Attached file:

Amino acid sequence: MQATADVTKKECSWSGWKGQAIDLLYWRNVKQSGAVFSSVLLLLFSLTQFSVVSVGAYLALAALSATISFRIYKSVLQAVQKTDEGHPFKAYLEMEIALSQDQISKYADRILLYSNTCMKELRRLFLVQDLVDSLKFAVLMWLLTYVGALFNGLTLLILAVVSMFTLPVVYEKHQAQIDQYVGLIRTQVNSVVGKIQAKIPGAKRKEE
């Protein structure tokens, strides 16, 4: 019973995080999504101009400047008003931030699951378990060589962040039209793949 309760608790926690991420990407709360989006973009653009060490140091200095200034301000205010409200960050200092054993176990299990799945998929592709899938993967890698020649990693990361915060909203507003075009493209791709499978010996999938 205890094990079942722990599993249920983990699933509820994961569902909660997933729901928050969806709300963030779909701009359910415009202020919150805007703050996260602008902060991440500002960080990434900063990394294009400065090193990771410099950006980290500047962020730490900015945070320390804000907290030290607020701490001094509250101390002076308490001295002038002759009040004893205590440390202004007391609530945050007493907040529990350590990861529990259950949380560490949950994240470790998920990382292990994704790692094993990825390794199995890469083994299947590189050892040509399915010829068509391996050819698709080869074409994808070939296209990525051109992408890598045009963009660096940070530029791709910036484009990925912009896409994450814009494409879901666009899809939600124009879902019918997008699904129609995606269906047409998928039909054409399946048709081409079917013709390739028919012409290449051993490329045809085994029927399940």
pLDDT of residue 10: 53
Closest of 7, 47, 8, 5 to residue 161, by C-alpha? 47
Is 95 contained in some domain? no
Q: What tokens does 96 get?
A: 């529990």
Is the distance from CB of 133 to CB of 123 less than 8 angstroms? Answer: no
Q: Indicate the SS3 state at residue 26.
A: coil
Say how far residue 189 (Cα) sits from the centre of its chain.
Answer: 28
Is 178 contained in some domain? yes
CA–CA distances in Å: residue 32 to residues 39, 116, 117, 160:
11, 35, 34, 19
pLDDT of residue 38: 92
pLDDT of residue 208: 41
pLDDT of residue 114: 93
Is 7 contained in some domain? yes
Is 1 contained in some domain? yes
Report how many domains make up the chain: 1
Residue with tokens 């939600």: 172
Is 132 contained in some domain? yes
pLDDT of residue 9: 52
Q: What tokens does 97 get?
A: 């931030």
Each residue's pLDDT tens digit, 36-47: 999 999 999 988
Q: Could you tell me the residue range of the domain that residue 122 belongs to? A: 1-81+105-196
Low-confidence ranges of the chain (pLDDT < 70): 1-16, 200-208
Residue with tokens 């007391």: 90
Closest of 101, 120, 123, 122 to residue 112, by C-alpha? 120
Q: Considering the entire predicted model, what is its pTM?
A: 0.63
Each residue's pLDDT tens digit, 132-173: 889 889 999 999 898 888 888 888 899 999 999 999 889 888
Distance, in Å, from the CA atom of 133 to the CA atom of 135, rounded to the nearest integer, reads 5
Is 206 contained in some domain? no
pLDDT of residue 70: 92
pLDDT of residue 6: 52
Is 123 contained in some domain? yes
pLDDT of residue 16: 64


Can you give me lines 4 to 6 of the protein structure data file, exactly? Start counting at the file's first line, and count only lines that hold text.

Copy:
Closest of 7, 47, 8, 5 to residue 161, by C-alpha? 47
Is 95 contained in some domain? no
Q: What tokens does 96 get?